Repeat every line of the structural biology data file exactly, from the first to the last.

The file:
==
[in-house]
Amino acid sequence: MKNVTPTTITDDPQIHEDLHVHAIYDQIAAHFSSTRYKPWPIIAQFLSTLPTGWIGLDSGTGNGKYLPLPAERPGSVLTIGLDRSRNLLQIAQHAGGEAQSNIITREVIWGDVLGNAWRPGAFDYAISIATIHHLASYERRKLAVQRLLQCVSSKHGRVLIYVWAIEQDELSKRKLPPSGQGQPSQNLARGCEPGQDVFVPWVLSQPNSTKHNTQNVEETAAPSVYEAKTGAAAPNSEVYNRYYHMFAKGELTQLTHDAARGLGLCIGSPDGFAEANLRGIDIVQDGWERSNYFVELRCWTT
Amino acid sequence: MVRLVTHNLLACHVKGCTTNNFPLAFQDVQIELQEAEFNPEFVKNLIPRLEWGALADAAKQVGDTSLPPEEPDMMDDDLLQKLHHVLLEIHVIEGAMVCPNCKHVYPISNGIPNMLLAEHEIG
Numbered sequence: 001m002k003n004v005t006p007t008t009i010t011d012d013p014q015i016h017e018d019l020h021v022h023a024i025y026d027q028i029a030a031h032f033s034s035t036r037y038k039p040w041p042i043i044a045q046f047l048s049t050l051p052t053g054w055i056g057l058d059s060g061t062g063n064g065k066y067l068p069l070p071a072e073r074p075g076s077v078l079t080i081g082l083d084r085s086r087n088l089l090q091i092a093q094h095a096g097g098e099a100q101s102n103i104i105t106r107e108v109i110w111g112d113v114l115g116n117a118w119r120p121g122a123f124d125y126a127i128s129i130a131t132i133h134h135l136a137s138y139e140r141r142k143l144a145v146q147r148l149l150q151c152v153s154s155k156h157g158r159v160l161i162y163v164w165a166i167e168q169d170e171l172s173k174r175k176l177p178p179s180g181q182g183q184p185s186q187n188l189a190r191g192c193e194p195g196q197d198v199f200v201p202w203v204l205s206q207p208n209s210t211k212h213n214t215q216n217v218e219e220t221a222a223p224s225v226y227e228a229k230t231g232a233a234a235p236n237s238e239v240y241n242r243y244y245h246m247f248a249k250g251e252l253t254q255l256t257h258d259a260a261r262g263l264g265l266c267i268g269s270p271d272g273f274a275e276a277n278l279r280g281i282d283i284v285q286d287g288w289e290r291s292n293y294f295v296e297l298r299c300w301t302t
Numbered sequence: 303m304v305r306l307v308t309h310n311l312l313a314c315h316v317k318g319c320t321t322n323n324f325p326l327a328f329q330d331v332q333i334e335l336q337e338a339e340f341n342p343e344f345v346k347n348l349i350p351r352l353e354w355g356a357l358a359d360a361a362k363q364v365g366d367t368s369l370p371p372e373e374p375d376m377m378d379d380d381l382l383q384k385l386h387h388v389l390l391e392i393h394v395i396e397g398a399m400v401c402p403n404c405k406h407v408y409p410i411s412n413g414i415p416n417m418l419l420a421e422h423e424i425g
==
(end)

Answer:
[in-house]
Amino acid sequence: MKNVTPTTITDDPQIHEDLHVHAIYDQIAAHFSSTRYKPWPIIAQFLSTLPTGWIGLDSGTGNGKYLPLPAERPGSVLTIGLDRSRNLLQIAQHAGGEAQSNIITREVIWGDVLGNAWRPGAFDYAISIATIHHLASYERRKLAVQRLLQCVSSKHGRVLIYVWAIEQDELSKRKLPPSGQGQPSQNLARGCEPGQDVFVPWVLSQPNSTKHNTQNVEETAAPSVYEAKTGAAAPNSEVYNRYYHMFAKGELTQLTHDAARGLGLCIGSPDGFAEANLRGIDIVQDGWERSNYFVELRCWTT
Amino acid sequence: MVRLVTHNLLACHVKGCTTNNFPLAFQDVQIELQEAEFNPEFVKNLIPRLEWGALADAAKQVGDTSLPPEEPDMMDDDLLQKLHHVLLEIHVIEGAMVCPNCKHVYPISNGIPNMLLAEHEIG
Numbered sequence: 001m002k003n004v005t006p007t008t009i010t011d012d013p014q015i016h017e018d019l020h021v022h023a024i025y026d027q028i029a030a031h032f033s034s035t036r037y038k039p040w041p042i043i044a045q046f047l048s049t050l051p052t053g054w055i056g057l058d059s060g061t062g063n064g065k066y067l068p069l070p071a072e073r074p075g076s077v078l079t080i081g082l083d084r085s086r087n088l089l090q091i092a093q094h095a096g097g098e099a100q101s102n103i104i105t106r107e108v109i110w111g112d113v114l115g116n117a118w119r120p121g122a123f124d125y126a127i128s129i130a131t132i133h134h135l136a137s138y139e140r141r142k143l144a145v146q147r148l149l150q151c152v153s154s155k156h157g158r159v160l161i162y163v164w165a166i167e168q169d170e171l172s173k174r175k176l177p178p179s180g181q182g183q184p185s186q187n188l189a190r191g192c193e194p195g196q197d198v199f200v201p202w203v204l205s206q207p208n209s210t211k212h213n214t215q216n217v218e219e220t221a222a223p224s225v226y227e228a229k230t231g232a233a234a235p236n237s238e239v240y241n242r243y244y245h246m247f248a249k250g251e252l253t254q255l256t257h258d259a260a261r262g263l264g265l266c267i268g269s270p271d272g273f274a275e276a277n278l279r280g281i282d283i284v285q286d287g288w289e290r291s292n293y294f295v296e297l298r299c300w301t302t
Numbered sequence: 303m304v305r306l307v308t309h310n311l312l313a314c315h316v317k318g319c320t321t322n323n324f325p326l327a328f329q330d331v332q333i334e335l336q337e338a339e340f341n342p343e344f345v346k347n348l349i350p351r352l353e354w355g356a357l358a359d360a361a362k363q364v365g366d367t368s369l370p371p372e373e374p375d376m377m378d379d380d381l382l383q384k385l386h387h388v389l390l391e392i393h394v395i396e397g398a399m400v401c402p403n404c405k406h407v408y409p410i411s412n413g414i415p416n417m418l419l420a421e422h423e424i425g